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    Yes, I have a collection of vinyl records. It's not very big yet, about 120, because I only just started to collect them recently after years of collecting CDs. I have hundreds of CDs. Just recently upgraded my turntable and cartridge, too.
     
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  15. Judge

    Judge Well-Known Member V.I.P Member

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    But think of all that nostalgia of those ticks, pops and perpetual hiss with dynamic range in the 40s. And all that preening we did using the Discwasher System to keep dirt and lint off our precious Shure V15 Type IV cartridge. Always being mindful of the strobe, making sure wow and flutter was contained or eliminated. With death to anyone using a belt-drive turntable! Ahhhh....those were the days. NOT. :rolleyes:

    As I recall, I dumped all my vinyl around 1991. Today all we hear are likely the musicians turning pages of their music or farting. So much nicer than all those ticks, pops, hisses and diminished dynamic range some of us don't miss at all. :cool:

    And now I have my entire music collection digitized on a single flash drive...to listen at home or in the car. But I have kept my Boston Acoustics T-830 speakers over the years, having had to rebuild the woofers that time eroded.



    Not so tough any more to be an audiophile with OCD. :)

    Ok, I do have ONE recording I have digitized from a Japanese virgin vinyl record I bought many years ago. The soundtrack to the 60s movie "Battle of the Bulge". That was a keeper. Not the record, but to transfer it to DBX and later to MP3. Nearly flawless...but certainly the exception when it came to my record collection.
     
    Last edited: Jan 19, 2022
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  16. Ronald Zeeman

    Ronald Zeeman Well-Known Member V.I.P Member

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    I kept one vinyl record for years, signed by the band members of 'cats can fly', my cousin was thier drummer. Just before retirement I give to my understudy. found out he was a fan. thought he was going to cry when I give it to him. I just recently sold my 40 plus year old Bose 901 speakers.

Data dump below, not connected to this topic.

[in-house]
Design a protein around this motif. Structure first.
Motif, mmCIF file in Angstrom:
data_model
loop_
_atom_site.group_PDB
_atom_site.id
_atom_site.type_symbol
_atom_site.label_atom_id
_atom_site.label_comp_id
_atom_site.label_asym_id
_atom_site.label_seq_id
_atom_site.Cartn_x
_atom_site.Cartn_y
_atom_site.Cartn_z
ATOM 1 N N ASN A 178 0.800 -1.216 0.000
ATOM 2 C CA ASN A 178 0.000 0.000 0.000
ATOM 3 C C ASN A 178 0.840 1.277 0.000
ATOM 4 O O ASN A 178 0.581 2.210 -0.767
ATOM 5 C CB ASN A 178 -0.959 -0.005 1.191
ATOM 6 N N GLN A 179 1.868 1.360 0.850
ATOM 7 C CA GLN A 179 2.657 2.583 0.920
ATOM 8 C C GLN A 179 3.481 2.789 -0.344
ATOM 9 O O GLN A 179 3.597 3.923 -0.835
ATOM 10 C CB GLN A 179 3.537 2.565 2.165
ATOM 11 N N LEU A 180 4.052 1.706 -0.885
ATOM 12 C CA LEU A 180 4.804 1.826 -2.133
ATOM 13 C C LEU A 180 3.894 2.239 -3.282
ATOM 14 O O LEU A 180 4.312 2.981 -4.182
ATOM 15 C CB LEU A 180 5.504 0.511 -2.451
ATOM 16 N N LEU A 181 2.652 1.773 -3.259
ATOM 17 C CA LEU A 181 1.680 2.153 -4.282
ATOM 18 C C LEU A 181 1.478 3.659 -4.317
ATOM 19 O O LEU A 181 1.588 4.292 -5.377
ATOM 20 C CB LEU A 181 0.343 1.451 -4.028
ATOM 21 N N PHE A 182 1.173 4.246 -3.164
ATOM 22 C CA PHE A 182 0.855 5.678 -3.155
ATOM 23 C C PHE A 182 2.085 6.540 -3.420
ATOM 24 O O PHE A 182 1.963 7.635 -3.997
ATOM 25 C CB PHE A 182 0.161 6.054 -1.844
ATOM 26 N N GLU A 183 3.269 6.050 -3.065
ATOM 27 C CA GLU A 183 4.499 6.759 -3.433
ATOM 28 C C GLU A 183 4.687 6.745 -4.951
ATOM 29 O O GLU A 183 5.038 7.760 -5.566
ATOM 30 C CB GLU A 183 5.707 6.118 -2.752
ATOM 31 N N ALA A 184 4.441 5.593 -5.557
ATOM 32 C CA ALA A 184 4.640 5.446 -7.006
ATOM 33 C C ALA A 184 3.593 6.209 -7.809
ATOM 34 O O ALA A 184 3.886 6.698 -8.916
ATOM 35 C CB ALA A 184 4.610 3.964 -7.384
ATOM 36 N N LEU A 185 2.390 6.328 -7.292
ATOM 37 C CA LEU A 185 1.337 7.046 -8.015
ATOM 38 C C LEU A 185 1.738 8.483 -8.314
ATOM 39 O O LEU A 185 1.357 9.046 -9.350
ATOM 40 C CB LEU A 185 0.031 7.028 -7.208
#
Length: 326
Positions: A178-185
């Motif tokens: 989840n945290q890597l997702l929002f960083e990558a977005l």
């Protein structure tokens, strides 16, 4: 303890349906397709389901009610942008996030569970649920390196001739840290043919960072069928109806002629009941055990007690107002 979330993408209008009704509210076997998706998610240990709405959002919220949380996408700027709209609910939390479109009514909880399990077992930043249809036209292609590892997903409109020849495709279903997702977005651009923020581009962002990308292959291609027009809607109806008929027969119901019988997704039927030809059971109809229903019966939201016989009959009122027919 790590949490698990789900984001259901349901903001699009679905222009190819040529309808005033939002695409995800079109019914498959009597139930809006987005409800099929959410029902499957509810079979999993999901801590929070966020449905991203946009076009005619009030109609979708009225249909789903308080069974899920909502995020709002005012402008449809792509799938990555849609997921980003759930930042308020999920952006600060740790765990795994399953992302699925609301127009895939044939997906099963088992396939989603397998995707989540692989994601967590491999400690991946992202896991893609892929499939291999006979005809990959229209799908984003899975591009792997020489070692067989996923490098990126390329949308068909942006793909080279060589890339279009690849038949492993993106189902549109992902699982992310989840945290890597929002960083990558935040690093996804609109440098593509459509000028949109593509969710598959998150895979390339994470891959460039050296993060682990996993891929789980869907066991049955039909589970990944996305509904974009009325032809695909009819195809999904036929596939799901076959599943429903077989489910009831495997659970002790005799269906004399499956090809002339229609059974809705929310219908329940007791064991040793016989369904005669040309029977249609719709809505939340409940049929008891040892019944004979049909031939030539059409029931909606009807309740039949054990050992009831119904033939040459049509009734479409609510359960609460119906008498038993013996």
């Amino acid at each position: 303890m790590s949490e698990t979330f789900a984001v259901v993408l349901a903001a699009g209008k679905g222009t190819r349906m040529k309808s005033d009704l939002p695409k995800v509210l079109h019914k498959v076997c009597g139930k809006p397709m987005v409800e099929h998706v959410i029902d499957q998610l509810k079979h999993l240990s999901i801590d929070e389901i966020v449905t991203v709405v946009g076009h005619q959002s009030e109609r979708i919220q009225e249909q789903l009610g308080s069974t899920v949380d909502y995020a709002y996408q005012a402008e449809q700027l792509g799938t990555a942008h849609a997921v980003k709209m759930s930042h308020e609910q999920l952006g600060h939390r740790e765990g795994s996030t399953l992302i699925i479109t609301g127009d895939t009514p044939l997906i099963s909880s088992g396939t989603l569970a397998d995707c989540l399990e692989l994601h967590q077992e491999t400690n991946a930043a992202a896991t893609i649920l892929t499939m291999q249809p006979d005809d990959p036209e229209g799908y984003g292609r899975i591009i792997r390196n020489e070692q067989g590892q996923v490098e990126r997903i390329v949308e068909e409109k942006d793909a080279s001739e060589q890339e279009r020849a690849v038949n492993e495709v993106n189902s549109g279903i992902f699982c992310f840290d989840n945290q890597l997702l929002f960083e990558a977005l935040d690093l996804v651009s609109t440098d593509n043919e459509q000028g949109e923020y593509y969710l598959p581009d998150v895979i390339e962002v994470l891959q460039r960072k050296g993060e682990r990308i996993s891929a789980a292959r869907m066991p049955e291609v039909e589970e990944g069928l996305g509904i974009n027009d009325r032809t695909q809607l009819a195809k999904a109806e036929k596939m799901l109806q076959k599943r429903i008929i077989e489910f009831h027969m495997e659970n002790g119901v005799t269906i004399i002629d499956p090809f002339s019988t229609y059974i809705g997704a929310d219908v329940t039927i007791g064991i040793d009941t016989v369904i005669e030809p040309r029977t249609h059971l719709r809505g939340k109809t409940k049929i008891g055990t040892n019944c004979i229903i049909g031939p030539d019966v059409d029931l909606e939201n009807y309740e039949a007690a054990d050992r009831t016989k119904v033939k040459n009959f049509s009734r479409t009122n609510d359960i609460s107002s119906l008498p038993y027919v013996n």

17. Gerontius

    Gerontius Well-Known Member V.I.P Member

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    I have at this point over a thousand old 78s, Edison diamond discs, and phonograph cylinders to fill a good sized box. Would like to get into vinyl one of these days, though. There's a decent collection of hand-cranked phonographs I've put together as well; I go buy the old broken ones & fix them up.
     
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  18. Metalhead

    Metalhead Video game and movie addict. V.I.P Member

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    I will say that my heavy gram Iron Maiden vinyls sound a lot better than the lossless files on iTunes. They have a much richer sound to them.
     
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  19. Judge

    Judge Well-Known Member V.I.P Member

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    Note that iTunes openly admits to offering some music with stereo bit rates lower than 192kbps. I suspect most people would probably notice degraded sound at anything recorded lower than this bit rate standard.

    If you are listening to something recorded at 128kbps, it probably stinks. ;)

    Choose import settings in iTunes on PC
     
  20. Raggamuffin

    Raggamuffin Well-Known Member V.I.P Member

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    CD's are actually the optimal format for audio quality. The dynamic range is over 10 times that of vinyl.

    I personally won't collect either. Too much clutter, as well as never finding a single album where I enjoyed every single song.

    FLAC is the way to go imo:

    [​IMG]

    "FLAC files can also provide a resolution of up to 32-bit, 96kHz, so better than CD-quality"

    Very based, provided you have the hard drive space.

    Ed